On Wednesday, the College announced in a News Bulletin that the campus would return to a low level of alert on Thursday morning, thus ending the quiet period. This follows the confirmation of one positive COVID-19 test after the College tested all on-campus students last week, as well as a positive case in the Village on Oct. 27 and elevated levels of virus in recent wastewater samples.
“We are monitoring the data closely — wastewater tests in the Village of Gambier, Knox County case data and alerts, guidance from the State of Ohio. As we know from experience, conditions can change quickly and we may need to adjust our alert levels again as necessary,” the News Bulletin stated.
As of this morning, the servery, study lounges, common spaces and the Kenyon Athletic Center (KAC) are now open. Additionally, students are permitted to gather in groups of 10 or fewer and each student is allowed one guest in their room at a time. All tours are to resume by appointment only, and in-person classes are continuing as scheduled. These operations reflect the protocols in place before the quiet period.
The College has not yet received all employee test results from this week. However, President Sean Decatur said that these results were not necessary to change the alert status from moderate to low, feeling confident in the number of negative student results received thus far.
“All [but one] of the individual tests have come back negative for students, and the major things that are curtailed in going to moderate are dining in Peirce, and then fitness and the KAC, and those are primarily student-to-student interactions,” he said.
Furthermore, as of an Oct. 22 sample, Gambier’s wastewater levels indicate no further spread of the virus beyond the two recent cases. Professor of Biology Joan Slonczewski, who chairs the Wastewater Testing subcommittee of the Public Health Working Group, alerted the community of the news in an email sent on Wednesday. “The level indicates virus shedding consistent with recovery of the two known cases in the Village of Gambier, including one Kenyon case,” they wrote.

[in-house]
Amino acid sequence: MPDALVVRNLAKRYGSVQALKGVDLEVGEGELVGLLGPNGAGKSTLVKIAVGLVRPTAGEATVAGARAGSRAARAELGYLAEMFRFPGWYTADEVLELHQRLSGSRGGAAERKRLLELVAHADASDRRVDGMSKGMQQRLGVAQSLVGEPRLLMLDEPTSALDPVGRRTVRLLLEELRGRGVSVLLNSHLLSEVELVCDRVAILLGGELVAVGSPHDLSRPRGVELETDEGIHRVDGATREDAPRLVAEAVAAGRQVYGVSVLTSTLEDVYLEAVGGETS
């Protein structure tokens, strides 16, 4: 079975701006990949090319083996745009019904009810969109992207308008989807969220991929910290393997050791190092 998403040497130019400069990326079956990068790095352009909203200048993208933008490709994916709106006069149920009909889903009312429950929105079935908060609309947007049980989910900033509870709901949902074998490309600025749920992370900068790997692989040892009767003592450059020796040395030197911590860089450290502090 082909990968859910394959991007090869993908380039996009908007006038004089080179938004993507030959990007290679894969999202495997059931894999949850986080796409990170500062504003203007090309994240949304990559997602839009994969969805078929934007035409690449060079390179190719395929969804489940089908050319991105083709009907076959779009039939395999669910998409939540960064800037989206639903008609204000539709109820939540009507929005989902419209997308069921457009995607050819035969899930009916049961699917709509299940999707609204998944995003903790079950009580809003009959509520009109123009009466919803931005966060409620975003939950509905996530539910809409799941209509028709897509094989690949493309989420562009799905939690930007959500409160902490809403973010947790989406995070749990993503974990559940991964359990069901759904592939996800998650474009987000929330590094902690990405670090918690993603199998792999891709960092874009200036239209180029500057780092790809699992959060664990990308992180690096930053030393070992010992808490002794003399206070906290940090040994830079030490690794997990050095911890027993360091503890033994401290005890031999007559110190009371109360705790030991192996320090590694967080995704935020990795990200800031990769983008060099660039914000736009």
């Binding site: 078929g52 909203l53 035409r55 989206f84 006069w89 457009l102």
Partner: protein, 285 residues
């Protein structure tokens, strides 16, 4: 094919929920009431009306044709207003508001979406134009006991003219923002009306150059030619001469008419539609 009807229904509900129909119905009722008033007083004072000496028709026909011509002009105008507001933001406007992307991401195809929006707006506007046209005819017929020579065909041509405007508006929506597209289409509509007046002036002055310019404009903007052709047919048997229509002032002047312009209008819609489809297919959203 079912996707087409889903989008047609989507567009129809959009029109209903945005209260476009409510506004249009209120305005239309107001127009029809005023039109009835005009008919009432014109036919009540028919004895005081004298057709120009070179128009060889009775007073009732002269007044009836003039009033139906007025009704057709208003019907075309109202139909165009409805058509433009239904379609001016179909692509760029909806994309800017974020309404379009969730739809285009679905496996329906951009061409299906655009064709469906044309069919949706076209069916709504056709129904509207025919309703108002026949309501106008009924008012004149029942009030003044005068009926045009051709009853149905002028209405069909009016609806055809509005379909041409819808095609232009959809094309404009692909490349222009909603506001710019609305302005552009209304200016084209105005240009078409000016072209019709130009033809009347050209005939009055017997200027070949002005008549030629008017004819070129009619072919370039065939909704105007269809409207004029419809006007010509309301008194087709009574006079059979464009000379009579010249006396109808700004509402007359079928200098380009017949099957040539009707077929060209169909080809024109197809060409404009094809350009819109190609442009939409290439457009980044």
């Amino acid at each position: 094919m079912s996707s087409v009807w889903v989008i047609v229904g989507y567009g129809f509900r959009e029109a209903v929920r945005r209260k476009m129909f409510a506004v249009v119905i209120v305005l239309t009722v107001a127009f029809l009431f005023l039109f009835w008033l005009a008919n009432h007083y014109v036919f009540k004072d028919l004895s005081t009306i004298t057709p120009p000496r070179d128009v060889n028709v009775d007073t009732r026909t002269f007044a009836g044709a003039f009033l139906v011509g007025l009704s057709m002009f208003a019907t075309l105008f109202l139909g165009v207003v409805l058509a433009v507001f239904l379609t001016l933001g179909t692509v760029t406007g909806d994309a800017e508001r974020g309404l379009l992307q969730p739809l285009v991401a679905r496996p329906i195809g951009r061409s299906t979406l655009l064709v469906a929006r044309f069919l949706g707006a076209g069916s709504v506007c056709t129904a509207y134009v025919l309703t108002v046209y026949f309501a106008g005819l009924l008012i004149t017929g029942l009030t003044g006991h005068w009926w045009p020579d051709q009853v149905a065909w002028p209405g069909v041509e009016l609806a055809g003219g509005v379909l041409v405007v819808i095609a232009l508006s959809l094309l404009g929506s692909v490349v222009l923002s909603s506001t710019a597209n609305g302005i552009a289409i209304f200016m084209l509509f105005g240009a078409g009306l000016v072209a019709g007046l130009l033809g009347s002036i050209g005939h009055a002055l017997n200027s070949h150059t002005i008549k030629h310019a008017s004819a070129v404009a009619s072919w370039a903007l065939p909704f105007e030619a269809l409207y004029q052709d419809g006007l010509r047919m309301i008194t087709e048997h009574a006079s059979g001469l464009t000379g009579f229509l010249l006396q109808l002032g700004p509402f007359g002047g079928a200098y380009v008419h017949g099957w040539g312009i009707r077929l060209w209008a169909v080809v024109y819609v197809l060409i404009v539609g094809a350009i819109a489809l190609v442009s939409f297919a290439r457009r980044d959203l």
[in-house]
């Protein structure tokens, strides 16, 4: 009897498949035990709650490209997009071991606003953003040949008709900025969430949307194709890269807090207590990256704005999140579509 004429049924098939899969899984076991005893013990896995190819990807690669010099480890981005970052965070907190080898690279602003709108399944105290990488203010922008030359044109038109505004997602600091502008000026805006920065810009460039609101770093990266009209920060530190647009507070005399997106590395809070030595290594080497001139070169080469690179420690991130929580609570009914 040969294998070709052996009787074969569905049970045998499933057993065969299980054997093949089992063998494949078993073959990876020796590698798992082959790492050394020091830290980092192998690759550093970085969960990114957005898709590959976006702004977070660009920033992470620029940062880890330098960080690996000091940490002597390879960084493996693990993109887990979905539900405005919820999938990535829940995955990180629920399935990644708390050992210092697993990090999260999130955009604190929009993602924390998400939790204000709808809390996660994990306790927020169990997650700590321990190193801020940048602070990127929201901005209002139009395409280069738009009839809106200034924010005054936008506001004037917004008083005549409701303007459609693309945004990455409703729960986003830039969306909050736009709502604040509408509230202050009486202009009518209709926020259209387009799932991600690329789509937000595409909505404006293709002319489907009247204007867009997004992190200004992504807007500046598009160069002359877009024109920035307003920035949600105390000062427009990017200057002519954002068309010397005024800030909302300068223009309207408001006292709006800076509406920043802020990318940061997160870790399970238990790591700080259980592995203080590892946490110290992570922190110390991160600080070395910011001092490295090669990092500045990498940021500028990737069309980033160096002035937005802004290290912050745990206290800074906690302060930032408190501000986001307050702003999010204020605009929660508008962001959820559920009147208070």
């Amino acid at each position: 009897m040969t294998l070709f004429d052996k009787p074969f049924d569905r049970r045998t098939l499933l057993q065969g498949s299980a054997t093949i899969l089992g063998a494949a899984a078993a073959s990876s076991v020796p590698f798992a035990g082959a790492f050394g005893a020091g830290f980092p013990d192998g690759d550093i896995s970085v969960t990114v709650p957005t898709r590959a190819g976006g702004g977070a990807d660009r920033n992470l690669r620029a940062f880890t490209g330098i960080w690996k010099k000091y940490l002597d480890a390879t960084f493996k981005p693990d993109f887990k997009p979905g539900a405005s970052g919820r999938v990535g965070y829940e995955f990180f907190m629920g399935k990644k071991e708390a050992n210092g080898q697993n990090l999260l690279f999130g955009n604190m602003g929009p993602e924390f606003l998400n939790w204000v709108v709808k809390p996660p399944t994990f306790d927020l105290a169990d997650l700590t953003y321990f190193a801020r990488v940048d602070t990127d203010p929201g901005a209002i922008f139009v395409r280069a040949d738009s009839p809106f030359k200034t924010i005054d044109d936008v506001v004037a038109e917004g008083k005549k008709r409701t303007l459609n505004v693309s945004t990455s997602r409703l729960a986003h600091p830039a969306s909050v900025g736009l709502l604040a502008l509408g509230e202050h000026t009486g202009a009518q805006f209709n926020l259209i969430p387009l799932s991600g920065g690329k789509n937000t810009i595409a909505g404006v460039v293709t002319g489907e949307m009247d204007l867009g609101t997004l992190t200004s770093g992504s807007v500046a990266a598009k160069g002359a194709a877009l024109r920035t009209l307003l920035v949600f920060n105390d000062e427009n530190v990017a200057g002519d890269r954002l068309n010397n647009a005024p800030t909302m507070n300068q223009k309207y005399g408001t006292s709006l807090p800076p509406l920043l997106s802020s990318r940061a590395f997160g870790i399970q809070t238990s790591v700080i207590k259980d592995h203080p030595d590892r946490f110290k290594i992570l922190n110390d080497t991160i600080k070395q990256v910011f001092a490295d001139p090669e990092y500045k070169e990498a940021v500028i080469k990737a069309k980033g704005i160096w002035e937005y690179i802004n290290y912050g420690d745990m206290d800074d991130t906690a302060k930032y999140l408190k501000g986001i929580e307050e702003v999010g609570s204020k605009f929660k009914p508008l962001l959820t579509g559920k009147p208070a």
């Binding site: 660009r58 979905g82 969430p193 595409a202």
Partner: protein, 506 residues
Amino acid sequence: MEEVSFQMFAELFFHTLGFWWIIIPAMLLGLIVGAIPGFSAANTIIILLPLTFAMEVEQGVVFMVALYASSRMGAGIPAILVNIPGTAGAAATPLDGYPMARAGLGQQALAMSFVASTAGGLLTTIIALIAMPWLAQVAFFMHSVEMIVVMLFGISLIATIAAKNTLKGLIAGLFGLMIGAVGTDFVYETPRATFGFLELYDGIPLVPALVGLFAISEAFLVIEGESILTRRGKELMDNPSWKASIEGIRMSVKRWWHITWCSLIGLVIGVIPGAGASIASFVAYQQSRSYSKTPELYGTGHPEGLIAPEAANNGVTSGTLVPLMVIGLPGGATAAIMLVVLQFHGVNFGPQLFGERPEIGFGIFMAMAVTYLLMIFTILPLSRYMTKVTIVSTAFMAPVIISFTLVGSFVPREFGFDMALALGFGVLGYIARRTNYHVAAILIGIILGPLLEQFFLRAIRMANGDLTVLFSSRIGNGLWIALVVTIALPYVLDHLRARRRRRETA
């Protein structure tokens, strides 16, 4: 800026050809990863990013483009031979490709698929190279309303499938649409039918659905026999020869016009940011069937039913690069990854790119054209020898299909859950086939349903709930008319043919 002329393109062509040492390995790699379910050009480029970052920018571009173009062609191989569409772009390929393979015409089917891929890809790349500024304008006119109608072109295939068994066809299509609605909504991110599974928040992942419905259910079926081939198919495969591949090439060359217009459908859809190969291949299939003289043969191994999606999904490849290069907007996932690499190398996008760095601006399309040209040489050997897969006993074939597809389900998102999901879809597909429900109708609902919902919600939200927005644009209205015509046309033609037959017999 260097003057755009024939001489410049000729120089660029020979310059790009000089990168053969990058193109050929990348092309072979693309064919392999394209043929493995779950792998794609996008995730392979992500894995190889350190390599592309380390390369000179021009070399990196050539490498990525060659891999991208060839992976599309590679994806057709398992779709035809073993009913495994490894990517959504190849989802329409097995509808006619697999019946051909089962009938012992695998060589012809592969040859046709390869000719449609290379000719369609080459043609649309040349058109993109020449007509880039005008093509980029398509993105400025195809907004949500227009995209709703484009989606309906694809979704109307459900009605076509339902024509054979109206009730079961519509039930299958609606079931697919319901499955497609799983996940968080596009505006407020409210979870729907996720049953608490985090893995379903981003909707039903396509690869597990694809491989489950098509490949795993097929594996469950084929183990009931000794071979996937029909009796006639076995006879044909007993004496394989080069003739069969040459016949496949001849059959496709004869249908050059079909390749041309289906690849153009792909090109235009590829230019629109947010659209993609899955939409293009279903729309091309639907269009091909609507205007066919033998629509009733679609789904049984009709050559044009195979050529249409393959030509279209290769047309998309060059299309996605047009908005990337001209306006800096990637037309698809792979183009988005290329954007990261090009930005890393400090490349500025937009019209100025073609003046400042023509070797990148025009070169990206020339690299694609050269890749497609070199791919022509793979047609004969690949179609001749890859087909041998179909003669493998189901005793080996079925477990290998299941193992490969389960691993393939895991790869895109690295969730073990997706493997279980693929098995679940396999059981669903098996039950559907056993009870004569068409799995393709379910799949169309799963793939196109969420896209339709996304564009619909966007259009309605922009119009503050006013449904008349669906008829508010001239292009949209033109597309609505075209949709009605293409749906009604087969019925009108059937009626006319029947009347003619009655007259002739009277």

The decision to move back to a low alert level comes after Decatur’s Oct. 23 News Bulletin, in which he announced the extension of the quiet period until the College received more conclusive COVID-19 test results. At the time, only ⅔ of all student test results had been received. The following day, the College sent a News Bulletin confirming one positive test.
According to Director of Cox Health and Counseling Center Chris Smith, the COVID-19 Steering Committee received notice of the positive result about an hour after Decatur sent the Oct. 23 News Bulletin. Despite this notification, the College did not announce the case until the next day, and it did not show up on the COVID-19 Dashboard until Monday.
Smith, when asked about the time discrepancy, did not provide a clear answer about the College’s decision to delay the announcement.
As of Thursday afternoon, seven students are in quarantine, which is down from nine students on Tuesday. Smith spoke of Center for Disease Control (CDC) guidelines for those who might have come into contact with the positive case, saying that Knox Public Health (KPH) alerts any person who was within six feet of an infected person for 15 minutes or more. Although KPH is responsible for notifying those who were in close contact with the positive case, Smith also called each quarantined student on Tuesday to talk them through the quarantine procedure and answer any questions they had.